It is well-known that 7.5% KCl should not be stored in the wards or nursing units and free access to 7.5% KCl should be discouraged (9,13,14). This recommendation was made because IV bolus administration may cause fatal outcomes (9,13-15). Contrarily, our participants agreed with keeping 7.5% KCl away in easily accessible places and 91.1% properly respond to these questions (9). Zyoud et al. (13) revealed that 76.8% of nurses agreed with not administering the 7.5% KCl as fast IV push. Contrarily, Hsaio et al. (9) revealed that only 46.9% of participants were familiar with this warning. Similar to the study conducted by Hsaio et al. (9), our study revealed that 58.9% of participants were able to correctly answer the question regarding 7.5% KCl as fast IV push. Additionally, the Turkish healthcare professionals had much lower knowledge about calcium-containing solutions compared with their knowledge about sodium and potassium-containing solutions. Our results were consistent with the literature in terms of fast IV administration of CaCl2 (13,16). Additionally, less than one-third of them were not aware that Ca-gluconate and CaCl2 are not interchangeable, which was also consistent with the literature (13,16).

Hypoglycemic effects of insulin put insulin into the HAM list. Due to specific features, insulin should be expressed in units and a 1 mL syringe should be used during administration. The present study revealed that the majority of participants gave an accurate response for insulin dosage and administration. A concordance was found compared with previous studies (9,13). Additionally, the abbreviation ‘U’ should be used instead of the unit to prevent misreads such as “0,” “11,” or “cc” (9,17).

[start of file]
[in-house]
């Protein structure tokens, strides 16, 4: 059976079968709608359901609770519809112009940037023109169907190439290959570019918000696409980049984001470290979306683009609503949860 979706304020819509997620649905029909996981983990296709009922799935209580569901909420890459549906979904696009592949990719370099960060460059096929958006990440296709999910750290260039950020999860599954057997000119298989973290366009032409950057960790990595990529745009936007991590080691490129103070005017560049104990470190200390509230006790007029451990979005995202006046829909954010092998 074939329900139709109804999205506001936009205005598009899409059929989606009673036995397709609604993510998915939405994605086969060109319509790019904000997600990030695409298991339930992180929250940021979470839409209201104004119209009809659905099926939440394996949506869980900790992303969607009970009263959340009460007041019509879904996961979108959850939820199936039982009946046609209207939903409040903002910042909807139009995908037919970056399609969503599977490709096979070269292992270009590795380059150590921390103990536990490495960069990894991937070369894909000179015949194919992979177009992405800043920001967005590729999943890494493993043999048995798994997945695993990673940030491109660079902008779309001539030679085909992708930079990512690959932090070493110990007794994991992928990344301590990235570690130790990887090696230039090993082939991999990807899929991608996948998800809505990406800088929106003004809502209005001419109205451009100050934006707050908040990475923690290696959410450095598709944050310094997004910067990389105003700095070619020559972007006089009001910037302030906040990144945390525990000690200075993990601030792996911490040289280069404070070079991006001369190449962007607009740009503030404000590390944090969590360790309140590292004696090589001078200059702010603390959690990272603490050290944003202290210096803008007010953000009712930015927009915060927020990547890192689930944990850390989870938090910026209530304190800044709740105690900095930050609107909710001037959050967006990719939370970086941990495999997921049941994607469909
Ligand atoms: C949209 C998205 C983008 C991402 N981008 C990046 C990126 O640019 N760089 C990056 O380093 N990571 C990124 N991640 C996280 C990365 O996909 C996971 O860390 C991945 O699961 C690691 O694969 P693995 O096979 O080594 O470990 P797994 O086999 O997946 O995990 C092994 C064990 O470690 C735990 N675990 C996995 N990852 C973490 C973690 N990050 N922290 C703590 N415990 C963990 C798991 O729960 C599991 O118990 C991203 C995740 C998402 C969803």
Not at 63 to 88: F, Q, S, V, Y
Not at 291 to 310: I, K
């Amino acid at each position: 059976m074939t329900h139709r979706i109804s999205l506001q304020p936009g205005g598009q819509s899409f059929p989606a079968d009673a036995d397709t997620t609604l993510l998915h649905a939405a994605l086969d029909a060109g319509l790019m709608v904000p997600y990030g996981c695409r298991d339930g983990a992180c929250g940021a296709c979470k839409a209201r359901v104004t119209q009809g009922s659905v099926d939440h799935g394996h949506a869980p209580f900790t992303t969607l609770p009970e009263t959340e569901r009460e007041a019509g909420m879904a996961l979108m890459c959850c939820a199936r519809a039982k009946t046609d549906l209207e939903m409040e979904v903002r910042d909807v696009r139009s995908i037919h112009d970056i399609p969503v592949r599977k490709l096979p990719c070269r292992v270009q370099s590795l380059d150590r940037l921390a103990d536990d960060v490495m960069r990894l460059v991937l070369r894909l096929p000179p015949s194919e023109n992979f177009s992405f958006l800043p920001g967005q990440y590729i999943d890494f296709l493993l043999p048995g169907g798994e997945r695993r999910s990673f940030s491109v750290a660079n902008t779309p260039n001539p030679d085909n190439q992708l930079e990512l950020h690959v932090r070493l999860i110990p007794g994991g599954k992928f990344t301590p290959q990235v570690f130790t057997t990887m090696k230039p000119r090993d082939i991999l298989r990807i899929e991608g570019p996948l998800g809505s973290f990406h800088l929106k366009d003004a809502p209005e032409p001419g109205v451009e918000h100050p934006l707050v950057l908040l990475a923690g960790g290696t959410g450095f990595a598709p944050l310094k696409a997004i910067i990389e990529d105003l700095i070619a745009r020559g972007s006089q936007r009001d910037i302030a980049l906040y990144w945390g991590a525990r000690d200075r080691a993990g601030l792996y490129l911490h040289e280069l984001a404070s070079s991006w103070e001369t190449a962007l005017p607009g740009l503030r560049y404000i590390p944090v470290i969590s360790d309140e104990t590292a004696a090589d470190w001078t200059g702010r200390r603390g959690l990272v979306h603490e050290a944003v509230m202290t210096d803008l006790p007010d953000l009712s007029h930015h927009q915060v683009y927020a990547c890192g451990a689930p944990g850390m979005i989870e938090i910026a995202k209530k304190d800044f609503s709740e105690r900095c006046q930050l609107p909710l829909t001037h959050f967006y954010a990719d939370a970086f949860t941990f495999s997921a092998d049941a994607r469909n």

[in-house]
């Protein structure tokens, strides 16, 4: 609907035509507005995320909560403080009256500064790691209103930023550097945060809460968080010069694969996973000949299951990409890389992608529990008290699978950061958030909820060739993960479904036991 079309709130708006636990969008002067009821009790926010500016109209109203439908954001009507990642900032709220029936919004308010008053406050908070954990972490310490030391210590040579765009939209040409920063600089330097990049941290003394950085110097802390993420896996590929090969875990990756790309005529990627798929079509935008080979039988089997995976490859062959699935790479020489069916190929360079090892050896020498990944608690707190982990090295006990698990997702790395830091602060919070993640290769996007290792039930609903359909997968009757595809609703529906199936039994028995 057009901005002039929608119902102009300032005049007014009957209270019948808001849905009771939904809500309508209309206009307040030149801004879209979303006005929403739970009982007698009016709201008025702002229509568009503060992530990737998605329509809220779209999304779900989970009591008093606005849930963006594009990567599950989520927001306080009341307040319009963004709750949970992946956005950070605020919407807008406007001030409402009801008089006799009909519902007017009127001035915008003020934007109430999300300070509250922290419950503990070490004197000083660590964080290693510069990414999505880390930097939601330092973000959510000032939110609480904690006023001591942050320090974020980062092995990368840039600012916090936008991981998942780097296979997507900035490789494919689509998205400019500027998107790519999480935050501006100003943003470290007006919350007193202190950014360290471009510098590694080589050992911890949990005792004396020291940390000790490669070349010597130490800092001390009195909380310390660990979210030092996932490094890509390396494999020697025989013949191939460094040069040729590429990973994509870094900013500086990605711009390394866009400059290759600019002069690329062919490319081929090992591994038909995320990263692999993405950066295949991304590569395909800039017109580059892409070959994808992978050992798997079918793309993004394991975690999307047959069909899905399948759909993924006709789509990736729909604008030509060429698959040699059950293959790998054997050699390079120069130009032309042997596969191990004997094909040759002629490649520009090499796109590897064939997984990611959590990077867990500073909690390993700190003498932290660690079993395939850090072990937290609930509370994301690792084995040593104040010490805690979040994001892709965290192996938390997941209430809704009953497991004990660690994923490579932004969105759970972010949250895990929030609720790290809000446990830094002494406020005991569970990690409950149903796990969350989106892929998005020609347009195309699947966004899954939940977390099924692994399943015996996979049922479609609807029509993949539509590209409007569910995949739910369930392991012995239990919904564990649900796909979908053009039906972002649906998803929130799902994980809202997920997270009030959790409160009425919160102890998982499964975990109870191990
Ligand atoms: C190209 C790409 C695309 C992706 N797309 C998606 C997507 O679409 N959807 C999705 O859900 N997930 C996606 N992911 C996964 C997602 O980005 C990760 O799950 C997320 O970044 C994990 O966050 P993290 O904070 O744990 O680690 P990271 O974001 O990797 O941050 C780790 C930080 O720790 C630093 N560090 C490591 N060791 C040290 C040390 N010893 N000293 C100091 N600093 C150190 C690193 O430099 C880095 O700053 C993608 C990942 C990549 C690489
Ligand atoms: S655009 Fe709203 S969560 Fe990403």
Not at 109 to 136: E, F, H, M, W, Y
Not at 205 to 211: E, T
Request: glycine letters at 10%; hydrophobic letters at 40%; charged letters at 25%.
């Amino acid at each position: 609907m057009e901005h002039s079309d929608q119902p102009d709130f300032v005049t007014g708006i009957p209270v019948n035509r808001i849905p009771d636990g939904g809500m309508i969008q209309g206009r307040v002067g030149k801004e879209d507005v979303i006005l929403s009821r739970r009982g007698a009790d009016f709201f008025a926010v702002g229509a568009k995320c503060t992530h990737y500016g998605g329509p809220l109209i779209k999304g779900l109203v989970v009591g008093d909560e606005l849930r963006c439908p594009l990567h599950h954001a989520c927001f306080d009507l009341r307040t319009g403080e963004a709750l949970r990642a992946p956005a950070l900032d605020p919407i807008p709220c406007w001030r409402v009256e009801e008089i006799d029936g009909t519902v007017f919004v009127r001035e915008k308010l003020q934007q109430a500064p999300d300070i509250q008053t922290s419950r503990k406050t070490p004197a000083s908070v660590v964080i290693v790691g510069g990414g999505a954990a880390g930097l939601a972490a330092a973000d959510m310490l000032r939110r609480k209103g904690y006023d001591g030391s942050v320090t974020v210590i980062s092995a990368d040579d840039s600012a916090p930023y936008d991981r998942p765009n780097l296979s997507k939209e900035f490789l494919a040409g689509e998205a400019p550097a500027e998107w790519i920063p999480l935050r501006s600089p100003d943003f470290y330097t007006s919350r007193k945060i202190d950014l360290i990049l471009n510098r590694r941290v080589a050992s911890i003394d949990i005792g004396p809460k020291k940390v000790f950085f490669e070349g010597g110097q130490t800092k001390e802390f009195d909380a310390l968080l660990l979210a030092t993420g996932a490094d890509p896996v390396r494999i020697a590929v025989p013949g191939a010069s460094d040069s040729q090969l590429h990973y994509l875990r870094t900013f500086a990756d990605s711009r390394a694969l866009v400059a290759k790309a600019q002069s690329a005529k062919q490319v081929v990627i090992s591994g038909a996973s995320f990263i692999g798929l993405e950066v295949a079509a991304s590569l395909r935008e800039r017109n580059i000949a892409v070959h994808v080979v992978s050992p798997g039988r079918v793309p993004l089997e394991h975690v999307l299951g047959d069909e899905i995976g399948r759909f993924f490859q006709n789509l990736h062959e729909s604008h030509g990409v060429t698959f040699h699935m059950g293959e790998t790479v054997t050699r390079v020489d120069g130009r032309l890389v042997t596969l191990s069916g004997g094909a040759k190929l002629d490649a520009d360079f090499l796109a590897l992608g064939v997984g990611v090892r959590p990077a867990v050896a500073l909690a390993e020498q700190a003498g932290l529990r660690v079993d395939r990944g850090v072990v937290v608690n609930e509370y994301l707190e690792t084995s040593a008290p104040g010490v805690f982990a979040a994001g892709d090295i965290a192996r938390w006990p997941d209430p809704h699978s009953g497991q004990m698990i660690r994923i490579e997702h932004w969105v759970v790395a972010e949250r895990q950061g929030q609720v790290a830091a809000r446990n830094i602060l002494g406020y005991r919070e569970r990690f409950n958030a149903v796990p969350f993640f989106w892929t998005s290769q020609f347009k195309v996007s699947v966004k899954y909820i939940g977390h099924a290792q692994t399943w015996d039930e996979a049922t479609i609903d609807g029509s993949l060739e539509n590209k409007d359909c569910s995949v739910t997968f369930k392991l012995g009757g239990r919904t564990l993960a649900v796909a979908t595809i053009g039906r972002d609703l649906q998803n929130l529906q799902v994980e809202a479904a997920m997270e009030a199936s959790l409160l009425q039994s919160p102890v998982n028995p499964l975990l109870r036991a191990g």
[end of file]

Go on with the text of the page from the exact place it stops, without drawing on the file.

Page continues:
Chemotherapeutical medications are considered one of the most toxic and harmful medications. Medication errors in a chemotherapeutical medication, such as paclitaxel, vincristine, cisplatin, etc., or even dose calculation mistakes may cause devastating results. Our results obtained the lowest correct response rate with chemotherapeutical calculation. Only almost one-fourth of them were aware that during the dose calculation of chemotherapy, the body surface area should be used in adults, whereas the bodyweight for children. Our findings were in-line with previous studies (9,13).

Medication errors are common and life-threatening. Thus, HAM usage and administration need comprehensive knowledge and perception level (18). Medication errors related to HAM may be fatal (19). The evaluation of HAM-related knowledge of nurses, pharmacists, and prescribers, most did not receive any education about HAM during their education and the rest who were educated about HAM were firstly educated during the job training (19). Lack of education and knowledge about HAM increases medication error incidence and patient harm (9,19,20). In this study, more than half of the healthcare professionals agreed to the need for education regarding HAM, which suggests continuing education programs. A follow-up study made by Sullivan et al. (8) revealed that the education program and labeling of HAM increased the knowledge and perception level of healthcare personnel. This education should be executed in nurses, pharmacists, and prescribers. In addition to education, other environmental resources, such as safeguards, should also be reinforced. Systematic risk reduction strategies should be applied, such as barcode medication administration and/or computerized physician order (19).